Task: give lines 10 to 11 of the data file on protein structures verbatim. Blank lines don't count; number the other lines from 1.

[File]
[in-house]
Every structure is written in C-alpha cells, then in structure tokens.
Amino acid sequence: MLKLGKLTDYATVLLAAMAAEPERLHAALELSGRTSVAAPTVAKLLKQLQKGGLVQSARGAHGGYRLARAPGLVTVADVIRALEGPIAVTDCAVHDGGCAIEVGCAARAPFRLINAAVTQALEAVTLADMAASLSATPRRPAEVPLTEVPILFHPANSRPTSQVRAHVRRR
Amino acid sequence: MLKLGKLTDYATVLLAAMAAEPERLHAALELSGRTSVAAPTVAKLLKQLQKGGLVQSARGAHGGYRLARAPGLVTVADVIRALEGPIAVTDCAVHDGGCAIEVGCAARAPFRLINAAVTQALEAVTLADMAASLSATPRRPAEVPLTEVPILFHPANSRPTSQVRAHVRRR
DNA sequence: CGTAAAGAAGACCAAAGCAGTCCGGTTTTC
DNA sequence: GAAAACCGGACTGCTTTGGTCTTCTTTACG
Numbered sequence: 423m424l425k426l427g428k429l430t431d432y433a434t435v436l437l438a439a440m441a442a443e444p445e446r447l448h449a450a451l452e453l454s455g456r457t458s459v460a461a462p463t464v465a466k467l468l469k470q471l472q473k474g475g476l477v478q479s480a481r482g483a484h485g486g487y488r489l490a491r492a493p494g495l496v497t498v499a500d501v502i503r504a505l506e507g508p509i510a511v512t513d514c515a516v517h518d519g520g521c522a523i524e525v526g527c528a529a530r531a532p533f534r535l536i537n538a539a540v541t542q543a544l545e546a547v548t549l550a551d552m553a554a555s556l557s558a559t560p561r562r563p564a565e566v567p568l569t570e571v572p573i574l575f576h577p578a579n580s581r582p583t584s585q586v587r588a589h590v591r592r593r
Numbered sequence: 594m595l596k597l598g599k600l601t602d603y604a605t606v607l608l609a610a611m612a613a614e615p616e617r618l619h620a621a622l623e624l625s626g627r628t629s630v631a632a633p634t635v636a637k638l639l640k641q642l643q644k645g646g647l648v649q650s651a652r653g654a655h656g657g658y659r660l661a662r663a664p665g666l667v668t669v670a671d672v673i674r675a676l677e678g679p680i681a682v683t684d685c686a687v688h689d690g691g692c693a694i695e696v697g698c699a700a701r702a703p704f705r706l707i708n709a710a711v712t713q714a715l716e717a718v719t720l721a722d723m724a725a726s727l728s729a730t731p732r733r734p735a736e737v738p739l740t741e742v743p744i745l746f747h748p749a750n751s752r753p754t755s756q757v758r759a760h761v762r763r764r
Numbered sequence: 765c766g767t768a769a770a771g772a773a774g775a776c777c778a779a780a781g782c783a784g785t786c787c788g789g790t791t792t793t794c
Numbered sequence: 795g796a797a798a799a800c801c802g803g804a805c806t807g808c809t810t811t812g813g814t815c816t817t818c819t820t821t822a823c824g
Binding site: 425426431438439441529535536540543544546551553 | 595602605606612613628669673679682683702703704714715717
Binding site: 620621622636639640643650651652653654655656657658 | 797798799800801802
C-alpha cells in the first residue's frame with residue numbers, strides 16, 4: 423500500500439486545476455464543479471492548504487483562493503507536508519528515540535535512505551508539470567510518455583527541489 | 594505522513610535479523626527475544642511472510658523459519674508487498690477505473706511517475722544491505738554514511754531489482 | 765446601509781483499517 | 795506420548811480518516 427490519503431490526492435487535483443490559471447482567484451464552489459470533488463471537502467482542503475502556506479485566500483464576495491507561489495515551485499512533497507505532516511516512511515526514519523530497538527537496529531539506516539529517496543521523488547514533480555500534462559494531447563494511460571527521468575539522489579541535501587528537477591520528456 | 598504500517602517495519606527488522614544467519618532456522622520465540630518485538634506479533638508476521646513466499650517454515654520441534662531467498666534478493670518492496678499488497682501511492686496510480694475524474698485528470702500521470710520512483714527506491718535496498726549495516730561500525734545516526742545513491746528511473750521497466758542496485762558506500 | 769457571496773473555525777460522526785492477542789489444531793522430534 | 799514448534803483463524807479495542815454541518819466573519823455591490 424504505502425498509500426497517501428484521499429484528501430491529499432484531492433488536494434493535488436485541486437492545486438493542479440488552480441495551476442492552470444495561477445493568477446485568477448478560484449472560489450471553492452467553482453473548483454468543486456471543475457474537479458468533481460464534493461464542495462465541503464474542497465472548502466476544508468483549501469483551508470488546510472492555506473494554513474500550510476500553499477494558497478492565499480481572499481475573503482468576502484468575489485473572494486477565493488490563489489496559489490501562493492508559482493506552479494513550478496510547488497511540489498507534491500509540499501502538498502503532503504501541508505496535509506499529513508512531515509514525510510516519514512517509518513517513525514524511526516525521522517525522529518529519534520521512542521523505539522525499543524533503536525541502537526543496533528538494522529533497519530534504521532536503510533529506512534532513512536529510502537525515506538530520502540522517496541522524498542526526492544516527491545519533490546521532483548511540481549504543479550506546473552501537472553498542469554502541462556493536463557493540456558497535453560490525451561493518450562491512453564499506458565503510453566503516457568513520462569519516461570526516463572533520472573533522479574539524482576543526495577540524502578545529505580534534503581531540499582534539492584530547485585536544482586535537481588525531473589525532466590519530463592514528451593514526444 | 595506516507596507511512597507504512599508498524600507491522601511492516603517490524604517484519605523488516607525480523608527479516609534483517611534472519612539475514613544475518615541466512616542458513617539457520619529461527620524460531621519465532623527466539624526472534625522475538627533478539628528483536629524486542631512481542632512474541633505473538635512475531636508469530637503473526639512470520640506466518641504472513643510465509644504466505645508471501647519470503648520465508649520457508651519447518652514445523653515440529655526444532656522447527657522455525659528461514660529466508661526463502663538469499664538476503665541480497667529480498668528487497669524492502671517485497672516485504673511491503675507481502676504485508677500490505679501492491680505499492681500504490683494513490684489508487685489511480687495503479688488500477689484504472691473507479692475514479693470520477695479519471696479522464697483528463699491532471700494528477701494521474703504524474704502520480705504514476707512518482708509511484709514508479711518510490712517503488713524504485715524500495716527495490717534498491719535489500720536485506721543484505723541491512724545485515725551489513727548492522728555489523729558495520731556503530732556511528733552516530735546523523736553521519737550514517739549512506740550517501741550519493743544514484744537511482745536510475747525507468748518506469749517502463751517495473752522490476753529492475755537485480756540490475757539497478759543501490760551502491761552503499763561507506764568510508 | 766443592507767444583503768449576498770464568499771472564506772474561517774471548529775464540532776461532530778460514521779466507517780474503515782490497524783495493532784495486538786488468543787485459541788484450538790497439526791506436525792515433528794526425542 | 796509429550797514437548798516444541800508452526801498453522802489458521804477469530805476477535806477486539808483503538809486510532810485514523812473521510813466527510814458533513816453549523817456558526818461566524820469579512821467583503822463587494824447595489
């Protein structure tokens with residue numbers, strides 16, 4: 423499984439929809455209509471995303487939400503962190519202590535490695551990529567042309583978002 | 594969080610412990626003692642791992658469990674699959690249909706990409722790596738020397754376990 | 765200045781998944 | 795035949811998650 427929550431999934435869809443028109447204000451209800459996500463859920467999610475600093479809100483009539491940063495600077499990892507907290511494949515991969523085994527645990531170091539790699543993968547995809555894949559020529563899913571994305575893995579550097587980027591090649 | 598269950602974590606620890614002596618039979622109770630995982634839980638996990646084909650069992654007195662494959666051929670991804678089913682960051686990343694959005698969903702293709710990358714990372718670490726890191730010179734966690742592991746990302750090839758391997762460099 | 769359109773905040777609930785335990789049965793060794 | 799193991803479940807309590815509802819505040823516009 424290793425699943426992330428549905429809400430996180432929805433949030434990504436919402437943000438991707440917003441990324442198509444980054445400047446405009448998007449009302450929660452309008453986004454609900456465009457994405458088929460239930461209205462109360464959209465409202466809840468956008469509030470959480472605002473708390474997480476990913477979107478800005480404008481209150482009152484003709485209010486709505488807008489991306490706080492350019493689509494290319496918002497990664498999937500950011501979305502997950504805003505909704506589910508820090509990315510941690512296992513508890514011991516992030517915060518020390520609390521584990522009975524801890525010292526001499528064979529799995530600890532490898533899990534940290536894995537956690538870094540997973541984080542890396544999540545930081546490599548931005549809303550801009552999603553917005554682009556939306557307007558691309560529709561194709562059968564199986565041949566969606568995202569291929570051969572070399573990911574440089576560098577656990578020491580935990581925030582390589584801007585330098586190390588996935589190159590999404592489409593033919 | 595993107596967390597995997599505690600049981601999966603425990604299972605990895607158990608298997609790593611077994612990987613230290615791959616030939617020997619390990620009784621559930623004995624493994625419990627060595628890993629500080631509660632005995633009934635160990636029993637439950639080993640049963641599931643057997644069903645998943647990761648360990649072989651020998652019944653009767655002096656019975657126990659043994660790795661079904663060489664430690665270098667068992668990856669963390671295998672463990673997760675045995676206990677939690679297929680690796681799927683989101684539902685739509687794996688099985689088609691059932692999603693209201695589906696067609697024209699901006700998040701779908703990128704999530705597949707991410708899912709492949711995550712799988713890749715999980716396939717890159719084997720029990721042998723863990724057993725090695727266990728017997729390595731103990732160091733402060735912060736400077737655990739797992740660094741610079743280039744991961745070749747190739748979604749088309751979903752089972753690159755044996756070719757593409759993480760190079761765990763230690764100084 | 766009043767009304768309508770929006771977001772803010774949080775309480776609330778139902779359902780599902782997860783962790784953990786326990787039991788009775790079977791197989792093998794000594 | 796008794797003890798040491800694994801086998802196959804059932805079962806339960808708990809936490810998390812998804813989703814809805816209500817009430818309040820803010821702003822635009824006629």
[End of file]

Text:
Numbered sequence: 795g796a797a798a799a800c801c802g803g804a805c806t807g808c809t810t811t812g813g814t815c816t817t818c819t820t821t822a823c824g
Binding site: 425426431438439441529535536540543544546551553 | 595602605606612613628669673679682683702703704714715717